One of my favorite Christmas traditions in our home is watching Charles Schulz’ A Charlie Brown Christmas. Charlie Brown, the beloved Peanuts character, appears in our newspapers every week and especially on TV with the rest of the Peanuts gang during the holidays. The Peanuts comic strip is the most famous and influential comic strip of all time. Each character of the Peanuts comic strip is unique, memorable, and precious. The strip is a microcosm of a group of children and their stories. [Side note: I had a good laugh when my 4 year old Godchild astutely observed and asked,”Tija, where are their parents?”] Charles Schulz brilliantly portrays through the stories, messages with social, economic, religious, moral, psychological and philosophical impact.
I want to focus on two characters: Charlie Brown and Linus. The main character of Peanuts, Charlie Brown, is a boy who is moody most of the time with low self-esteem and someone who would likely see the glass as half-empty. Linus is depicted as a brainy child who is wise beyond his years, albeit, sucking his thumb with his blanket in his hands at all times.
Just like in every situation he finds himself in, Charlie Brown battles with more pessimism than optimism during the Christmas season. In A Charlie Brown Christmas, Charlie is surrounded by his friends who are enjoying their holidays from school. Meanwhile, a melancholy Charlie Brown, ponders and asks others what the real meaning of Christmas is. Charlie shares with Linus, “I think there must be something wrong with me. I just don’t understand Christmas, I guess. I might be getting presents and sending Christmas cards and decorating trees and all that, but I’m still not happy. I don’t feel the way I’m supposed to feel.” To which Linus, with his trusty blanket in hand, adorably answers, “Charlie Brown, you are the only person I know who can take a wonderful season like Christmas and turn it into a problem. Maybe Lucy is right. Of all of the Charlie Browns in the world, you are the Charlie Brownest.”
To get Charlie into more of a Christmas spirit, one of his friends, Lucy, convinces him to be the director of their Christmas play. Hesitantly, Charlie agrees. As practice is under way, Charlie gets more and more frustrated by the disorder of it all and how Christmas seems to be centered around materialism. At one point, he gets fed up and yells, “Isn’t there anyone who knows what Christmas is all about?”
At that point, Linus enters and takes the spotlight. He starts reading from Luke 2.
“Now there were in the same country shepherds living out in the fields, keeping watch over their flock by night. And behold, an angel of the Lord stood before them, and the glory of the Lord shone around them, and they were greatly afraid. Then the angel said to them, “Do not be afraid, for behold, I bring you good tidings of great joy which will be to all people. For there is born to you this day in the city of David a Savior, who is Christ the Lord. And this will be the sign to you: You will find a Babe wrapped in swaddling cloths, lying in a manger. And suddenly there was with the angel a multitude of the heavenly host praising God and saying: ‘Glory to God in the highest, And on earth peace, goodwill toward men!'”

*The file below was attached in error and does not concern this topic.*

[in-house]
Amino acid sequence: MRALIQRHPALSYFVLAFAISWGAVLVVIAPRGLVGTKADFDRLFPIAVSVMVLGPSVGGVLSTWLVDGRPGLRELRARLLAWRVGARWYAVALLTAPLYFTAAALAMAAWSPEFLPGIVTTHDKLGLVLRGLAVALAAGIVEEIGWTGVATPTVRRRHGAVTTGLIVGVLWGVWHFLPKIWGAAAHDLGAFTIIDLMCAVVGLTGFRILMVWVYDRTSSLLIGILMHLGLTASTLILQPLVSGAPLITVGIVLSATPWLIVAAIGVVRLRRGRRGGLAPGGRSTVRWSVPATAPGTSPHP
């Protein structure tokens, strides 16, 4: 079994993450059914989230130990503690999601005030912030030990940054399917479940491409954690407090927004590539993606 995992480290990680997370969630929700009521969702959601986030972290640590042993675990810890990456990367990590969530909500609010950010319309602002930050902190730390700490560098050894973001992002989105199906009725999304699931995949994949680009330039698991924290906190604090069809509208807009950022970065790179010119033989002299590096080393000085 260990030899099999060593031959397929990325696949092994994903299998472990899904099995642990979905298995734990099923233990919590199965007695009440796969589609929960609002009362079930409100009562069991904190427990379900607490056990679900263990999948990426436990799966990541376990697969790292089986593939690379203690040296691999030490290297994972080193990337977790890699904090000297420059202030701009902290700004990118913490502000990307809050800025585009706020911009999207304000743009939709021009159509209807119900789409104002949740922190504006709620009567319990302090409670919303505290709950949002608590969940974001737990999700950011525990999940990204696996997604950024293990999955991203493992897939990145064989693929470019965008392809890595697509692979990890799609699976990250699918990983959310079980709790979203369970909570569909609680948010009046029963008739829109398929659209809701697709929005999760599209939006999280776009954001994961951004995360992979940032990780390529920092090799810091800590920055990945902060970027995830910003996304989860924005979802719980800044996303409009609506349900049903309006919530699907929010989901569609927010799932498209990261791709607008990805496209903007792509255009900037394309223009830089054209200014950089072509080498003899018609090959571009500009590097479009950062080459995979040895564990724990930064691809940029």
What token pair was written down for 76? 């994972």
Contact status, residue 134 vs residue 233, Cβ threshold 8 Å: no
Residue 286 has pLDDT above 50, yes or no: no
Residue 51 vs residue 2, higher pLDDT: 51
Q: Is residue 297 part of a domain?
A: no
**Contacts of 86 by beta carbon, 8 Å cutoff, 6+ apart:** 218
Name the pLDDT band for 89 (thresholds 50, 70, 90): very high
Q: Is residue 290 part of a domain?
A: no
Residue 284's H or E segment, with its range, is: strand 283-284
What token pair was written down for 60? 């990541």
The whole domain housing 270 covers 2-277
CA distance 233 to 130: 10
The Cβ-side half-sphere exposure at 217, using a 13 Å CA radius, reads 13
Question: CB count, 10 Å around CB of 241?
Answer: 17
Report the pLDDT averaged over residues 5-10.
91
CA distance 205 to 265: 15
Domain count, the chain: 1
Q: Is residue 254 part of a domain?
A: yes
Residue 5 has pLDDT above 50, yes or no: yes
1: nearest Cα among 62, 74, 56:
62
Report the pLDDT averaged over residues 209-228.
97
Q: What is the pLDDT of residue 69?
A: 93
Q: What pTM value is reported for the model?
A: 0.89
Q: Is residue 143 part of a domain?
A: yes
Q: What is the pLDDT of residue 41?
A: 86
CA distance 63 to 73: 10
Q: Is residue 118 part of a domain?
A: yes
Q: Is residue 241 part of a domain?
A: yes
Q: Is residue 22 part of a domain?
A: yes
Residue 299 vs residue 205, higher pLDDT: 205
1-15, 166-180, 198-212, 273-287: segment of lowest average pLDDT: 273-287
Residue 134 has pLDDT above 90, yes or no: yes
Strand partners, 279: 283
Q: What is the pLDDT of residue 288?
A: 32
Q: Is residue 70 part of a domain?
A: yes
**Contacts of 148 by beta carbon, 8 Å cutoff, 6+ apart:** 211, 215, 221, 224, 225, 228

Something incredible which happens during the reading is that Linus drops his blanket. I believe Charles Schulz intentionally and brilliantly included it in the play. In the past, several characters have tried to cajole Linus to drop his blanket, to no avail. But when he reads this passage from Luke 2, he drops his blanket. The timing is also perfect that he drops it when he says, “Do not be afraid.” The one security that Linus holds onto for dear life is dropped at that moment. I don’t know about you, but I find that to be an incredibly powerful message.
We all have different blankets that we hold onto for security, significance, safety. We all have habits that we pound into ourselves for 10, 20, 30 or more years which separate us from God and from our purpose. We all struggle with fears and insecurities of different proportions.
On this Christmas Eve I’m here to tell you that we no longer need to live in fear because God chose to come down to this earth as a baby for you and for me.
Because of Christmas, we have good tidings of great joy.
Not just little bit of joy or fleeting joy.
But great joy.
When I was reading ‘So Long, Insecurity,’ by Beth Moore, there’s this line which one of her daughters told her which really stuck with me, “He knows it’s scary to be us.”
Because Jesus Christ came to this world—God became flesh and blood—he knows what it’s like to be us. Since his birth, he was labeled as an illegitimate child. He grew up as a child with brothers and sisters. He walked on this earth. He upheld mothers and hugged fathers. He welcomed children. He walked the streets and broke bread with young men and women. He had BFFs and he knew what it was like to be stabbed in the back. He partied with sinners and stood up for rejects. He saw suffering and healed the sick and comforted mourners. He suffered on a cross, between two criminals, dying, while his Father hid his face from him. God tasted death for you and me. And he rose victorious defeating death and sin, so that you and I will live with him forever.
I am thankful that we have this precious cartoon from 1965 to remind us of what Christmas is all about and that we no longer have to live as slaves to fear and to sin because of this: Do not be afraid, for behold, I bring you good tidings of great joy which will be to all people. For there is born to you this day in the city of David a Savior, who is Christ the Lord.